55,000 tickets have been sold for the season's showpiece event at Wembley; This weekend marks first time men's and women's finals have been held back-to-back; Karen Carney says 'the two most in-form teams will make for tightly contested final'
Sunday 15 May 2022 14:35, UK
By their own exceptionally high standards, vast portions of Manchester City’s 2021/22 season have been marred by mediocrity.
City had finished inside the Women's Super League top two every year since their inaugural one in 2014, but now find themselves temporarily ousted.
For a campaign that began with such optimism - after finishing runners-up in the WSL and reaching the Champions League quarter-finals the year prior - City's delivery has, or was, failing to match expectation.
In mid-November, having just lost 4-0 to Chelsea - their third home loss of the season - the outlook was alarmingly bleak.
The manner of that defeat was somewhat humbling and heaped untold pressure on manager Gareth Taylor.
City sat eighth in the WSL table, seven points adrift of the third Champions League spot, and had amassed just seven points from seven games. The cost of a string of disappointing results.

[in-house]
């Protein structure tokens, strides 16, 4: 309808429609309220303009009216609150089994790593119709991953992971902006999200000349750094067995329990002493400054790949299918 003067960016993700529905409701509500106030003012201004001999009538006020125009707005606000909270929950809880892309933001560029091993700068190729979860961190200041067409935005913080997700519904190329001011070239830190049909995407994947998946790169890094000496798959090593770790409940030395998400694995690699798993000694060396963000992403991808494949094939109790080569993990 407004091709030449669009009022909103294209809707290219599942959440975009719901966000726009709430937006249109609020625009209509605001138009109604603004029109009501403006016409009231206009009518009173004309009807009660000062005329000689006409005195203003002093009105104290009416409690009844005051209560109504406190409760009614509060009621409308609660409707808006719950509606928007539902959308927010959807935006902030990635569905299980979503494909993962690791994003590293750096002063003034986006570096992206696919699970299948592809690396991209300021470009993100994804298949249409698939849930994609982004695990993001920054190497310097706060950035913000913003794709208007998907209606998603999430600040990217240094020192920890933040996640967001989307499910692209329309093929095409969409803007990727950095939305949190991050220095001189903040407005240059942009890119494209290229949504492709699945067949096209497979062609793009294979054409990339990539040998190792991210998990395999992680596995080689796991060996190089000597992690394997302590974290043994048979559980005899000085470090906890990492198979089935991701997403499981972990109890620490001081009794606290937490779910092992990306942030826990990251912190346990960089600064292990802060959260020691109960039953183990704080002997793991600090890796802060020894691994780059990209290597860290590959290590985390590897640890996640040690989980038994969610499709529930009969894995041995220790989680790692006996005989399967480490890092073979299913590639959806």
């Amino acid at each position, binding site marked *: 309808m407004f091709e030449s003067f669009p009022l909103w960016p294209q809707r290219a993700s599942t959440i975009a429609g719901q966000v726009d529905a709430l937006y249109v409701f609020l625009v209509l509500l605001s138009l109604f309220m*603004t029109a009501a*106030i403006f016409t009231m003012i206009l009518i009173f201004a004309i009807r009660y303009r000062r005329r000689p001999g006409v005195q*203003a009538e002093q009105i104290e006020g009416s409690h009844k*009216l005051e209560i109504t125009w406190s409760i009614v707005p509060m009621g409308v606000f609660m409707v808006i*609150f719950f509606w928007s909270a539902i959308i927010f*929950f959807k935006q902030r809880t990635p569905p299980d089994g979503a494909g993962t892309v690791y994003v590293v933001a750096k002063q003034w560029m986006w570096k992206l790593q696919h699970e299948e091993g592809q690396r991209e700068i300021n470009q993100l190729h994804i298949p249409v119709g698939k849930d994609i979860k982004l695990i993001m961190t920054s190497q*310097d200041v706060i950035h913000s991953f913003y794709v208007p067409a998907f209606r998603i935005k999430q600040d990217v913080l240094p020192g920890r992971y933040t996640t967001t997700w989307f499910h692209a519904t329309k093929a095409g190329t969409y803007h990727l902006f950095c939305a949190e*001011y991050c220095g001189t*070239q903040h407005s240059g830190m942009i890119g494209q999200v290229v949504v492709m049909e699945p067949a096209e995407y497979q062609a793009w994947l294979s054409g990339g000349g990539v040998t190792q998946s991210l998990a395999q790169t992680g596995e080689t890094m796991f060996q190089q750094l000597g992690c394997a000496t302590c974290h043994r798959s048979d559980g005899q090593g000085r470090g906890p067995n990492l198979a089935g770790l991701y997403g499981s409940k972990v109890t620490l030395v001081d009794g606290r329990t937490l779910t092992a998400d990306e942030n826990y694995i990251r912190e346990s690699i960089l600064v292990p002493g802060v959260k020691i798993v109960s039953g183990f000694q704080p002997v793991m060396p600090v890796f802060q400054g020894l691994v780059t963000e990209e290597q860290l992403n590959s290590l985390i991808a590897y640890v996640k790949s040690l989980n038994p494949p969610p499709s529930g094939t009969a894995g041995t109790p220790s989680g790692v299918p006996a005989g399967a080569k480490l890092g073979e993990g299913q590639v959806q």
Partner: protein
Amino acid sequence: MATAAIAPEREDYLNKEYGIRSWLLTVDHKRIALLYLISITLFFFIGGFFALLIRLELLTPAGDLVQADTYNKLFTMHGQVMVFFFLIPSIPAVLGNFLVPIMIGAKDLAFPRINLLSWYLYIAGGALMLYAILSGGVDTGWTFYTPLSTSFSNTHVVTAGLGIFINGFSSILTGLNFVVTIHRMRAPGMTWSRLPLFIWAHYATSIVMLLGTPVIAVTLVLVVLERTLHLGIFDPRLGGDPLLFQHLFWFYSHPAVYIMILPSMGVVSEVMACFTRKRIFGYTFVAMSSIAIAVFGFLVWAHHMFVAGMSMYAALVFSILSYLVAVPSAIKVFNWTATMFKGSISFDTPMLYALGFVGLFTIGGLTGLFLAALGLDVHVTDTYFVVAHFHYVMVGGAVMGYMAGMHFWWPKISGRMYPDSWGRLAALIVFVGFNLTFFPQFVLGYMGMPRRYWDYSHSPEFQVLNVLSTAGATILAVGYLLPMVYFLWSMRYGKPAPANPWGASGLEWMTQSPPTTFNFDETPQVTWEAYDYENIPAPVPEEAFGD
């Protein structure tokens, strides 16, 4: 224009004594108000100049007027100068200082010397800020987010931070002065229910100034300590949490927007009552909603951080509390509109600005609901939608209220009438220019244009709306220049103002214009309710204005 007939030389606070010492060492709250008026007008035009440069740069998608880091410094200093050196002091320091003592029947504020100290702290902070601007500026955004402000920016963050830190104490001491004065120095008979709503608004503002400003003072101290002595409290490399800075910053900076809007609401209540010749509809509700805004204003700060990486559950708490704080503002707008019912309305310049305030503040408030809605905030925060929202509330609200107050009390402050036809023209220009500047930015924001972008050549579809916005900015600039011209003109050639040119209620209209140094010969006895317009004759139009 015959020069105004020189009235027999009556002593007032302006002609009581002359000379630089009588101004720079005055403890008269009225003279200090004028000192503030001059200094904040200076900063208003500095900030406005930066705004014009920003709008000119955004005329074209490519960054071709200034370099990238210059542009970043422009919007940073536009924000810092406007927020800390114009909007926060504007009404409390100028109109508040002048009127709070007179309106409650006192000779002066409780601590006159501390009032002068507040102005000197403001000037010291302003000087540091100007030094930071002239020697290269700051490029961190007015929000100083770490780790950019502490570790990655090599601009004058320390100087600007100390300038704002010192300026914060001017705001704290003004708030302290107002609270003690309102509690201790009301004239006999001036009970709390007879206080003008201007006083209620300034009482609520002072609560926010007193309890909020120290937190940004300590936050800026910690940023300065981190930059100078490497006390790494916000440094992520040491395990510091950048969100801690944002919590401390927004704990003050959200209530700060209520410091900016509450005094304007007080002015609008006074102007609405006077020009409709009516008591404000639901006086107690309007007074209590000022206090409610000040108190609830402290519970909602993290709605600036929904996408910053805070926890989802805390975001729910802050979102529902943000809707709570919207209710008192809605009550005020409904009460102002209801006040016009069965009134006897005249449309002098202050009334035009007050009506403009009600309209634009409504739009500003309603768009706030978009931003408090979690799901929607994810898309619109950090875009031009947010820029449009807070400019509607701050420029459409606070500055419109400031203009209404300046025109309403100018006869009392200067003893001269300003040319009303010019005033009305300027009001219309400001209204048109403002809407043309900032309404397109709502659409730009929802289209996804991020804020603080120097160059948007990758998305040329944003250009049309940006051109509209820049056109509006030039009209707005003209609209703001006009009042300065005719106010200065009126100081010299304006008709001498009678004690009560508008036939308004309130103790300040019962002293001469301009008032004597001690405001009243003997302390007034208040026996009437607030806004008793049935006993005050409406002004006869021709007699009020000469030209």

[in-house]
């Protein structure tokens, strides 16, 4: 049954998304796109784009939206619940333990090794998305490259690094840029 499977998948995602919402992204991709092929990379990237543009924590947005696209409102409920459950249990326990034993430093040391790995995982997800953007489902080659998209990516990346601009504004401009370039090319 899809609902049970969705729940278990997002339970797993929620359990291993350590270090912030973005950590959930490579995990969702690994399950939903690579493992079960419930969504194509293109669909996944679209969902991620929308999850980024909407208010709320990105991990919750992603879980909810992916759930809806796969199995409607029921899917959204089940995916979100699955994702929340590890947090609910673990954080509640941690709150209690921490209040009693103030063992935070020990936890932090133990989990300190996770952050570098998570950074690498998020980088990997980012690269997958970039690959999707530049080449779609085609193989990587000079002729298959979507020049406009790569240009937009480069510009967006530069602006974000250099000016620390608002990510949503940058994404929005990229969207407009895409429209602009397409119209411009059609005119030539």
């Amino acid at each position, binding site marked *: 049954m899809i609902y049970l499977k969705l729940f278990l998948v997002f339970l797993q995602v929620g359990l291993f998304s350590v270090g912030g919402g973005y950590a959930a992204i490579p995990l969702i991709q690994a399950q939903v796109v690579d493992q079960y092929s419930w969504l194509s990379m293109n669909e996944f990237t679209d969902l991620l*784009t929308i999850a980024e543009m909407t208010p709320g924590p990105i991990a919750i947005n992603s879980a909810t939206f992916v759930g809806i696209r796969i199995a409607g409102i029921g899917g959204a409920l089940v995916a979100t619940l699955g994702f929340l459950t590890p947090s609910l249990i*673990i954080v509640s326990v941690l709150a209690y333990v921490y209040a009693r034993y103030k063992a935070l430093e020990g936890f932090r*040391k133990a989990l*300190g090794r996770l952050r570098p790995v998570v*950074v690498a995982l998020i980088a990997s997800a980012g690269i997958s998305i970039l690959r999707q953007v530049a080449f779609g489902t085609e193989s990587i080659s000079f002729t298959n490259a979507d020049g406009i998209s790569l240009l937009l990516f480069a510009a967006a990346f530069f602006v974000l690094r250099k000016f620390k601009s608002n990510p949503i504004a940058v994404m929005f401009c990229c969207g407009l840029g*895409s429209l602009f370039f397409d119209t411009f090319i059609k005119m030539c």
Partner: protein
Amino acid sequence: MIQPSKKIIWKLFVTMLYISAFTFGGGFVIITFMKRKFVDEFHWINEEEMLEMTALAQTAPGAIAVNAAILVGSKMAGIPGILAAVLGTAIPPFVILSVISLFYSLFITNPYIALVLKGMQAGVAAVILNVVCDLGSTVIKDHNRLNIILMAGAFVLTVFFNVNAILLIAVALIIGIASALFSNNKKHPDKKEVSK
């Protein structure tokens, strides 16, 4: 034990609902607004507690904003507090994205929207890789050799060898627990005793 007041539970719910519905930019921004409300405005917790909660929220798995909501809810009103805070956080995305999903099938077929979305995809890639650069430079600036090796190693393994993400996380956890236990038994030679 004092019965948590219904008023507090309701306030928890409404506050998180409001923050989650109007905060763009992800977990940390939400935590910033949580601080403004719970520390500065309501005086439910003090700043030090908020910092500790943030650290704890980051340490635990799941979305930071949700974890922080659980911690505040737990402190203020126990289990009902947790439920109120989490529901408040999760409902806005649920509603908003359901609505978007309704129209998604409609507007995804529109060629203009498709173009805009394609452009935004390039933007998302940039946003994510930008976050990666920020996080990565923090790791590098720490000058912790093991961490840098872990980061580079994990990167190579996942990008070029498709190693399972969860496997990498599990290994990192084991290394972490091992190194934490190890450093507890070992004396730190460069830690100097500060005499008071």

Hopes of a relaunch to their languid season looked incongruous back then - but you can never write off a team with as much technical knowhow and talent as Manchester City.
Fast forward six months and the turnaround has been quite remarkable, if not completely surprising.
The state of the WSL table, while implicating, didn't exactly tell the whole story. City's early season plight was largely circumstantial.
A staggeringly long injury list - including captain Steph Houghton, Best FIFA Women's Player recipient Lucy Bronze, both first choice goalkeepers plus Chloe Kelly, Esme Morgan, Keira Walsh and Demi Stokes, among others - meant Taylor's side were suffering with inconsistencies never before experienced by such a successful squad. Instability was almost alien.
Follow Chelsea vs Man City in the Women's FA Cup final in our dedicated live blog across Sky Sports' digital platforms.
The reset button had to be hit.
City's fortunes since the turn of the year put their start to the campaign in sharp contrast. They have won 21 of their previous 23 ties in all competitions, including 13 victories in succession.
They have clinched their fourth Continental Cup - at the expense of Chelsea - and secured Champions League football for the new term. A quite improbable feat at the season's halfway point.